To-infinitives can be used in some places that you use gerunds, but not others. This one is fine. In both cases, going and to go, it is referring to the abstract idea of going. If it refers to a specific case that has actually happened, it doesn't work - like "going into space has made me ill". However, "going into space can make people ill" can have the gerund replaced by the to-infinitive and it will still be grammatically correct. It will seem stilted, though. English has plenty of cases where several forms are correct but only one actually gets used.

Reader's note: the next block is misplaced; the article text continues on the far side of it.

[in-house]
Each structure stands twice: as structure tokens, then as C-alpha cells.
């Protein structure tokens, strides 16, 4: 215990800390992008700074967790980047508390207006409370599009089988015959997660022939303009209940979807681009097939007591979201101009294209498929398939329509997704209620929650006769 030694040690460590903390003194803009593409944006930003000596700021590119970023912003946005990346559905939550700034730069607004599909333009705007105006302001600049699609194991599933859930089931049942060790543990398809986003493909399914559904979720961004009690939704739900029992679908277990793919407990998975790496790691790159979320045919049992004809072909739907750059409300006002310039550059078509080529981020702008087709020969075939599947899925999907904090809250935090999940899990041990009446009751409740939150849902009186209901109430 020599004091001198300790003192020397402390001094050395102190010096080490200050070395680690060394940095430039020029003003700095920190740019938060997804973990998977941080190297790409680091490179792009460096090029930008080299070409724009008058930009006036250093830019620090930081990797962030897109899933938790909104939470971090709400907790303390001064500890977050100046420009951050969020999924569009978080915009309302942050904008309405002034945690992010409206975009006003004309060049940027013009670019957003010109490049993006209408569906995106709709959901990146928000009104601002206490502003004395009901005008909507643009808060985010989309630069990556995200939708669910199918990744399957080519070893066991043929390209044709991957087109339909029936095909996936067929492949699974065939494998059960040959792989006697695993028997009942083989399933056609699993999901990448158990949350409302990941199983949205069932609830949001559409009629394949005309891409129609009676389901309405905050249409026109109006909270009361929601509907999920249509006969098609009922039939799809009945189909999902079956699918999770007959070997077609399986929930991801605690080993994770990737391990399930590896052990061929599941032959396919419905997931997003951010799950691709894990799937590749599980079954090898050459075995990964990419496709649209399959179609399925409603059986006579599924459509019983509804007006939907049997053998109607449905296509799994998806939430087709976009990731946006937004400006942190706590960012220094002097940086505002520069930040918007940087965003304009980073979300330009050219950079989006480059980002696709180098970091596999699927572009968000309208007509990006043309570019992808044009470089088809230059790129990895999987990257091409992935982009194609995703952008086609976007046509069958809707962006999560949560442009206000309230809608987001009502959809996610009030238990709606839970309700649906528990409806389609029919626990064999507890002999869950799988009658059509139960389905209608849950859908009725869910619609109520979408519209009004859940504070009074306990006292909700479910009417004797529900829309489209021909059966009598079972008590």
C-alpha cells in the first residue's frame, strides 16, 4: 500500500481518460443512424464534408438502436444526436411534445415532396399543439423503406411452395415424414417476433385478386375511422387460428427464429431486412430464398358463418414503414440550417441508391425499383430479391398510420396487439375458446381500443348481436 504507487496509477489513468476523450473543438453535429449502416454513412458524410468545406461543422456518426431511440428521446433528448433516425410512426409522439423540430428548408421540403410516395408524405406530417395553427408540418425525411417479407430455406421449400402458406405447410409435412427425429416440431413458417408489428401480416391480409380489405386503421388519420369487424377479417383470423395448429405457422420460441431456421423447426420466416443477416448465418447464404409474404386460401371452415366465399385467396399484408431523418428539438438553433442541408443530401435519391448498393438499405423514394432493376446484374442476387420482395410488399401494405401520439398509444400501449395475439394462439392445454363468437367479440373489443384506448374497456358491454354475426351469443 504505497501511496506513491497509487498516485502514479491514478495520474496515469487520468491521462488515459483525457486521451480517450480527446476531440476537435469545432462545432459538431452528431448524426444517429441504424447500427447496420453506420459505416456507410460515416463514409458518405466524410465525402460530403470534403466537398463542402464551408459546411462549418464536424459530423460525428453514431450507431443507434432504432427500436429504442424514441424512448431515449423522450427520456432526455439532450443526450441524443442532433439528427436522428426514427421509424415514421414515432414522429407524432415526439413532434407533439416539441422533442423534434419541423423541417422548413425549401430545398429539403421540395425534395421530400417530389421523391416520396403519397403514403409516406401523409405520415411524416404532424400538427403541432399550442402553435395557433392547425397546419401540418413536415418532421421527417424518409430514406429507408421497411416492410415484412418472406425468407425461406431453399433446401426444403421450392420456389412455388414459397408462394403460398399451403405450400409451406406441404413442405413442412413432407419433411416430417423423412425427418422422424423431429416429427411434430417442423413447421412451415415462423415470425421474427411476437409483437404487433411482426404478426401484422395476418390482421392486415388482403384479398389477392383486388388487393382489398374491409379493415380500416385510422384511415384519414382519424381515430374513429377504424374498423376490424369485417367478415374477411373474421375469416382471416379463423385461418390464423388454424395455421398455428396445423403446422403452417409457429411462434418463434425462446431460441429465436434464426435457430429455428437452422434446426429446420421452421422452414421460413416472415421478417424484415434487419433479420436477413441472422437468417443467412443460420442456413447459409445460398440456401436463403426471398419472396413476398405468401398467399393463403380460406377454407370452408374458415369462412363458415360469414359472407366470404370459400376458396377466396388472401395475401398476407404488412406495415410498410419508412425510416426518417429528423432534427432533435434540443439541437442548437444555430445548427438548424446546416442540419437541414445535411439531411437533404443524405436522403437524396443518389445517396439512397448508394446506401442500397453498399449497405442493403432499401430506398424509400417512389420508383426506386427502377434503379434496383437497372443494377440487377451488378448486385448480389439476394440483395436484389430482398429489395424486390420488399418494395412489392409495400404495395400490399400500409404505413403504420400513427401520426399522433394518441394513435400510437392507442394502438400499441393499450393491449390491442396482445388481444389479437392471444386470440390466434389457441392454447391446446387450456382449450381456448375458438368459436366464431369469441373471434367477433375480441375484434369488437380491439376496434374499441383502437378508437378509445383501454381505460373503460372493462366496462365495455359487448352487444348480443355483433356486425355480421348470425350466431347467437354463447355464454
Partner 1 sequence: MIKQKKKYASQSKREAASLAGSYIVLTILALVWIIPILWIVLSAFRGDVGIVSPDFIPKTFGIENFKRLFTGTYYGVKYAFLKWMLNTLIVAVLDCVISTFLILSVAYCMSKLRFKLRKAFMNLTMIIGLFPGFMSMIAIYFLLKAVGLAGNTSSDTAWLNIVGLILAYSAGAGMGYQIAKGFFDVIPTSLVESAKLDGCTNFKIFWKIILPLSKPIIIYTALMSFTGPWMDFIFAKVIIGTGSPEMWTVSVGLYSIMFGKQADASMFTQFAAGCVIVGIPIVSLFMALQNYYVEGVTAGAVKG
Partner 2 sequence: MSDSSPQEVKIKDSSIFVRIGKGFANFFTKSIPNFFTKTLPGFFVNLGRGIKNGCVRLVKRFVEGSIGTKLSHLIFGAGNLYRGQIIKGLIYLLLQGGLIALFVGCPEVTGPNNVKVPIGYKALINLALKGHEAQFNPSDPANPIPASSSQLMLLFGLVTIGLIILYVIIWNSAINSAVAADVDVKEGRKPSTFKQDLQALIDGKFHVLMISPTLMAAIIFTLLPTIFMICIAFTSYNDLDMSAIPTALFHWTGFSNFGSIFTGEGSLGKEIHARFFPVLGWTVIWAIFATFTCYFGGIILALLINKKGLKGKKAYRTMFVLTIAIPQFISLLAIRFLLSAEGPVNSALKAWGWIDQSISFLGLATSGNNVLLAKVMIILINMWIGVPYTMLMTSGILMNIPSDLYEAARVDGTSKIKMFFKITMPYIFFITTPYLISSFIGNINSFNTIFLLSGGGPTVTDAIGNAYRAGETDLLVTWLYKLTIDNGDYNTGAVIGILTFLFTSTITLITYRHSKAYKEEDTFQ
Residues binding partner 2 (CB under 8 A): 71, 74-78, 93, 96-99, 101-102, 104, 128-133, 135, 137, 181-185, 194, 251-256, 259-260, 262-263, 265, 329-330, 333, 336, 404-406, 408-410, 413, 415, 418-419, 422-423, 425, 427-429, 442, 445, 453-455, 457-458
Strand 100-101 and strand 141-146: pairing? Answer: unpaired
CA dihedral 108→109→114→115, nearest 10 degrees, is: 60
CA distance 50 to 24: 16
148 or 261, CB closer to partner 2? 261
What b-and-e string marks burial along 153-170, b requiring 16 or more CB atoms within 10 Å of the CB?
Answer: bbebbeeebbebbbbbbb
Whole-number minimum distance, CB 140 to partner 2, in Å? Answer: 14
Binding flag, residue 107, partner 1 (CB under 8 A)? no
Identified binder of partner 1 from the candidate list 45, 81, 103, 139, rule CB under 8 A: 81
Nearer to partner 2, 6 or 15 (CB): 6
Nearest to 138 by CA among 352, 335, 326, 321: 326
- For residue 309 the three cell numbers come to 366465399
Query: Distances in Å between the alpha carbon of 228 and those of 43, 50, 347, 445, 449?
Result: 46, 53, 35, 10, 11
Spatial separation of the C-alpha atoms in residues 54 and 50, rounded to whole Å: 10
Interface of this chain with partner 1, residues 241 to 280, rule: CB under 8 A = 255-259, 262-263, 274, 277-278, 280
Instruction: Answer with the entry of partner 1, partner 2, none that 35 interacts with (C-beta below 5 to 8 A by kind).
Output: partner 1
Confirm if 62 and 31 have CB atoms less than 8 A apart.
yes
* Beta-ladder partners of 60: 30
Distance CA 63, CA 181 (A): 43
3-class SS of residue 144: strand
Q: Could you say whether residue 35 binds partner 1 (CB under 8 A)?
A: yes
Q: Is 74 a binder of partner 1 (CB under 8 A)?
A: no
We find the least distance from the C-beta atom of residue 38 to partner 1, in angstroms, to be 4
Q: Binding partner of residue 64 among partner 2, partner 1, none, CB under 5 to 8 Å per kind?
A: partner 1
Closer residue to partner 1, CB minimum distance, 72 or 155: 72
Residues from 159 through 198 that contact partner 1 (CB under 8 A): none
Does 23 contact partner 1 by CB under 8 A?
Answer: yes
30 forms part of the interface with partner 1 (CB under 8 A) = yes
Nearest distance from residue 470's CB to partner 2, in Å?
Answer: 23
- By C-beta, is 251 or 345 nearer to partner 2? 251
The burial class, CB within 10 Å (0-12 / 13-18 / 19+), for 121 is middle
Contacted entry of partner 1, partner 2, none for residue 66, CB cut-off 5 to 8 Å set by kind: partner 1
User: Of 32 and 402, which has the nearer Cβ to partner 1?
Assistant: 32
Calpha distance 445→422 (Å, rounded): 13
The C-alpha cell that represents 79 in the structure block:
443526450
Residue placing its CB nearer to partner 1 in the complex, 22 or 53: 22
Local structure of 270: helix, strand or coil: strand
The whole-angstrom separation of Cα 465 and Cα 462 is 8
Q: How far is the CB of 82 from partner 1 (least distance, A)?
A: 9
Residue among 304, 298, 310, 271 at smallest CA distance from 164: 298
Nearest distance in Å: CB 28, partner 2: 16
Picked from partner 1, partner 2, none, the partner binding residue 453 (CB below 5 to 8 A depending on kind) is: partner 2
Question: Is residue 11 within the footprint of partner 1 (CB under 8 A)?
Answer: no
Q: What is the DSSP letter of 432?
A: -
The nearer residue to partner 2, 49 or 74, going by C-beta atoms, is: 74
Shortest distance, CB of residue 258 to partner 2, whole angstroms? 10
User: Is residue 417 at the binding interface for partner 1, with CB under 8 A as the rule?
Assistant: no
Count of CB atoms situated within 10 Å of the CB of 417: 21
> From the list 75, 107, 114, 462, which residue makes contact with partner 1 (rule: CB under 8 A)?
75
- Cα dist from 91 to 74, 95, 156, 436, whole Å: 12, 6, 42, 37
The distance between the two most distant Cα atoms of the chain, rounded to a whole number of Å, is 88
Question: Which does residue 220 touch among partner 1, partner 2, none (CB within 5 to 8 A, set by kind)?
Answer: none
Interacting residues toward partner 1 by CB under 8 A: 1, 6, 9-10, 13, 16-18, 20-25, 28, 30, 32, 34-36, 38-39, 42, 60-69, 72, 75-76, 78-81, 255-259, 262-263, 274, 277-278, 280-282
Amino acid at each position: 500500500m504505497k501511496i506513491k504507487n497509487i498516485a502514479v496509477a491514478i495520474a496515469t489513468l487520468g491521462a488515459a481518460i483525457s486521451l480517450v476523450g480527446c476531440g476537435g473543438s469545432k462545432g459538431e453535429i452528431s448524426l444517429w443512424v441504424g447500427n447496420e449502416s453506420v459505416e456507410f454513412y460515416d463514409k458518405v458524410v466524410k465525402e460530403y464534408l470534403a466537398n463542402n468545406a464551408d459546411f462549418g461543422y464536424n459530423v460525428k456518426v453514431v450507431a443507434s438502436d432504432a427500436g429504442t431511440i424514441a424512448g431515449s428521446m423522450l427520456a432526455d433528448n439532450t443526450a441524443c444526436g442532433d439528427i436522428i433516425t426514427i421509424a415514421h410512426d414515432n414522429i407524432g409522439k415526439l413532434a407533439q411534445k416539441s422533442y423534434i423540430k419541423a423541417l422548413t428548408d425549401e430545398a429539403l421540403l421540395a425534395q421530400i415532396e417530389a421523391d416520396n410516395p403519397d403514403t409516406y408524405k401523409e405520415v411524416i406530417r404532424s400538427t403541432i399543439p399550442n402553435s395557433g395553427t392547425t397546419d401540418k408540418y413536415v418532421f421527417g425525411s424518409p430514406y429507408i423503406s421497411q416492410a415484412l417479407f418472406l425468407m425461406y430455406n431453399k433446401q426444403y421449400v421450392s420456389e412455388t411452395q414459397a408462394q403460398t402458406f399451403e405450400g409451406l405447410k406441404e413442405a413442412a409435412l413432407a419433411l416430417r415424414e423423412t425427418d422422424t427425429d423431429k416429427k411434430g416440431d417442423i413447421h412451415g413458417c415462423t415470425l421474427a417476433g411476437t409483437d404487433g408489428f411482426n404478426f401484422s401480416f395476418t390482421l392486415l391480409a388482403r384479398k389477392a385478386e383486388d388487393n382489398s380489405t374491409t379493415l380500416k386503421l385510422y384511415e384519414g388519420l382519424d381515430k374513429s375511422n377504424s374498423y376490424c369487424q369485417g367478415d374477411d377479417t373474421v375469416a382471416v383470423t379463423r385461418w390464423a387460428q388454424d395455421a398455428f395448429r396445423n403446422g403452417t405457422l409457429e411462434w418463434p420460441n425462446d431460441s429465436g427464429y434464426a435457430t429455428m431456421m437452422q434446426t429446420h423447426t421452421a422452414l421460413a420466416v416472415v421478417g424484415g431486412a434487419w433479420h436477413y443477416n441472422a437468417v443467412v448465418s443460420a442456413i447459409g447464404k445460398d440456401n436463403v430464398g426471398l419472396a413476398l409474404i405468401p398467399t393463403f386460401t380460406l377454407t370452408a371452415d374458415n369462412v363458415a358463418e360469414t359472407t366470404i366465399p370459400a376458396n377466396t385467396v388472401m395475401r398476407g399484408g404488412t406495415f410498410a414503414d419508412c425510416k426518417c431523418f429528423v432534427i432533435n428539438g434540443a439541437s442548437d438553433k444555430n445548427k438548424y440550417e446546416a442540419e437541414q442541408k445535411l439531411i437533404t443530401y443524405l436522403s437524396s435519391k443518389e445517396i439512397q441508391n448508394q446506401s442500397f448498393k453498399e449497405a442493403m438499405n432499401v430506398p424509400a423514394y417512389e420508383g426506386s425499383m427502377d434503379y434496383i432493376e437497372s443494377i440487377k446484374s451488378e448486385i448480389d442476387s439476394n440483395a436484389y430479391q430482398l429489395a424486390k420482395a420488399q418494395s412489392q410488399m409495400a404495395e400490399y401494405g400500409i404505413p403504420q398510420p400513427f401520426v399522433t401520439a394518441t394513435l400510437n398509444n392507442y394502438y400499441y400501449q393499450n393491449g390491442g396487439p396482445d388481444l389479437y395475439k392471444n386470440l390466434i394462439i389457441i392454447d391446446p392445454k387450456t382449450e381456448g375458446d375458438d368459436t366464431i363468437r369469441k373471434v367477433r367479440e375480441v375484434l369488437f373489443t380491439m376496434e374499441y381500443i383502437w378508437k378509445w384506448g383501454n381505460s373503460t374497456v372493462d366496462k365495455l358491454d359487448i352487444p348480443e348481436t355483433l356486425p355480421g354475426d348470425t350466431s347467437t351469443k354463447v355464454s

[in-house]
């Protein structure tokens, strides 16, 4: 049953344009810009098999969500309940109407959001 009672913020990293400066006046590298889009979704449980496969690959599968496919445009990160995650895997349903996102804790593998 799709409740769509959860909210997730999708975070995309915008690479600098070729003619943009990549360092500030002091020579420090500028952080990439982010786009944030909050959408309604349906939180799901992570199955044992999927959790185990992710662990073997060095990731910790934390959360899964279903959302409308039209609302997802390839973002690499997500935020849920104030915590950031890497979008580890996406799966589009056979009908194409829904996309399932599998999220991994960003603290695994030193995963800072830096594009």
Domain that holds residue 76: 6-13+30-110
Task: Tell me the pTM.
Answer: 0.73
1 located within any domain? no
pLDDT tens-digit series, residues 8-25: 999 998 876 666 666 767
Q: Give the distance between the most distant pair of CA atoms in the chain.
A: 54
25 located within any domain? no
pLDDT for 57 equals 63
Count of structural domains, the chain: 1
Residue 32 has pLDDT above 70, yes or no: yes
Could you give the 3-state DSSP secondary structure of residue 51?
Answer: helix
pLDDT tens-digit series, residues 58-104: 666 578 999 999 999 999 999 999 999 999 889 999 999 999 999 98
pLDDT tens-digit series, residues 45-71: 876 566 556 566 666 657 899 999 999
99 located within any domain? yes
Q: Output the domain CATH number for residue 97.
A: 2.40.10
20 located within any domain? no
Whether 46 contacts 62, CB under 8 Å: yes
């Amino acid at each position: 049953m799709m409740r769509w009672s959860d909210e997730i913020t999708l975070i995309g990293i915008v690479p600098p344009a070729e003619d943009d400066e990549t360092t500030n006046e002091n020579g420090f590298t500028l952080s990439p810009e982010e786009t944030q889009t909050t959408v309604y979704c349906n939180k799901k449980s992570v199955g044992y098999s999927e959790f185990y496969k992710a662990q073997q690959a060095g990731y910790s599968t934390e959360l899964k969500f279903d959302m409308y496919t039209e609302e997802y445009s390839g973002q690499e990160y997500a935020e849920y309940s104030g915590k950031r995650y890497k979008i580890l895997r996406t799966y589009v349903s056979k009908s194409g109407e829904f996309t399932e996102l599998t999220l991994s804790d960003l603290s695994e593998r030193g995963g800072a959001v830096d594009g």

That's not the only guideline to when you can replace a gerund with a to-infinitive, mind you. I'm not sure anyone's really catalogued them all. Basically, sometimes the to-infinitive can go where a gerund would go without changing the meaning at all. Sometimes it will be valid but significantly change the meaning, though not often. Sometimes it will produce a completely invalid sentence. It doesn't matter if it's acting as a subject or an object of a verb, all three are possible. I'm not sure you can ever do it if the gerund is acting as the object of a preposition, mind you.